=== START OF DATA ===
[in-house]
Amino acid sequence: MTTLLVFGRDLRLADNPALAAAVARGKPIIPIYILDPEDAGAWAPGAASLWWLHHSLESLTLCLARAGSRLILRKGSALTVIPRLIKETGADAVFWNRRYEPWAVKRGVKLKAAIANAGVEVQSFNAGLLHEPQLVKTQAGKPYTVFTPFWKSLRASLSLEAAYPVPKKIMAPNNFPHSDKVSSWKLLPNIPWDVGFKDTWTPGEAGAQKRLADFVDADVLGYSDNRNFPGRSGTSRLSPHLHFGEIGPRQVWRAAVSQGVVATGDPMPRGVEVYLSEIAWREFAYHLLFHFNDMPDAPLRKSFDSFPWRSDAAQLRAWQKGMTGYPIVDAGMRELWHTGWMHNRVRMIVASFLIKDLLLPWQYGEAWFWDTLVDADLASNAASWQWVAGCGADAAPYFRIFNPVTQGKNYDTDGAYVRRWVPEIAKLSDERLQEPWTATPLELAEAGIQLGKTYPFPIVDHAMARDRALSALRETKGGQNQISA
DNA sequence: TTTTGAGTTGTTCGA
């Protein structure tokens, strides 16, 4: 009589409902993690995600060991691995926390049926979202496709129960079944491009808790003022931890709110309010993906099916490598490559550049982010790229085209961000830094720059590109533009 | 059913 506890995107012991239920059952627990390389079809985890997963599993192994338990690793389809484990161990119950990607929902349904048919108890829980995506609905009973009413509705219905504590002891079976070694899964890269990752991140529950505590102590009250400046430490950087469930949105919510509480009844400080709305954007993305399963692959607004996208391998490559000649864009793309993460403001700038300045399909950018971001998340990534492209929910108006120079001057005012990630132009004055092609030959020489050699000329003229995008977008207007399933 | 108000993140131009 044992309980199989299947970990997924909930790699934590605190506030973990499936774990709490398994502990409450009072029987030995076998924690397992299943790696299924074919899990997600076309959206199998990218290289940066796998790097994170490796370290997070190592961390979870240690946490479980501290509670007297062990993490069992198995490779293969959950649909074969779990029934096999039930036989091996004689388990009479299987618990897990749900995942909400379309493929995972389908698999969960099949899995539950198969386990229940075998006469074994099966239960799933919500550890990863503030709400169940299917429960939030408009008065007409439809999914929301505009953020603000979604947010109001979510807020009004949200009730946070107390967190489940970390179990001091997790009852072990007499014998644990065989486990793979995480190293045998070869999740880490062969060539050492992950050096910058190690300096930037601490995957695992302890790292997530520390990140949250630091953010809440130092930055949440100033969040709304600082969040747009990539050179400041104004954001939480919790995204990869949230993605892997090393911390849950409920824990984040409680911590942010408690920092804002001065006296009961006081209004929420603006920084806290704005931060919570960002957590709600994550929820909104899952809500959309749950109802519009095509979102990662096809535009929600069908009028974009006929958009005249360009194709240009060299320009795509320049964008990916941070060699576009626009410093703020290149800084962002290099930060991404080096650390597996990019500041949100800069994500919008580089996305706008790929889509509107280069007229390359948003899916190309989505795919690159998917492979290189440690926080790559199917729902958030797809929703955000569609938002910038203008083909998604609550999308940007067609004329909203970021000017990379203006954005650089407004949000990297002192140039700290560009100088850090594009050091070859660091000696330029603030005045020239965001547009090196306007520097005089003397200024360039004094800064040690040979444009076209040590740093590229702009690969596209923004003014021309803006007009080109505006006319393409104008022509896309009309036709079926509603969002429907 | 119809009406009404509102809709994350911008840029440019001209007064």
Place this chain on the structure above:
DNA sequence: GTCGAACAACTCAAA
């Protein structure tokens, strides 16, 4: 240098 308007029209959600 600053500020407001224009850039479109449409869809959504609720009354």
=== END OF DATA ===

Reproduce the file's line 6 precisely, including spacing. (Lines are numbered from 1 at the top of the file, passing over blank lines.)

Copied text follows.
DNA sequence: GTCGAACAACTCAAA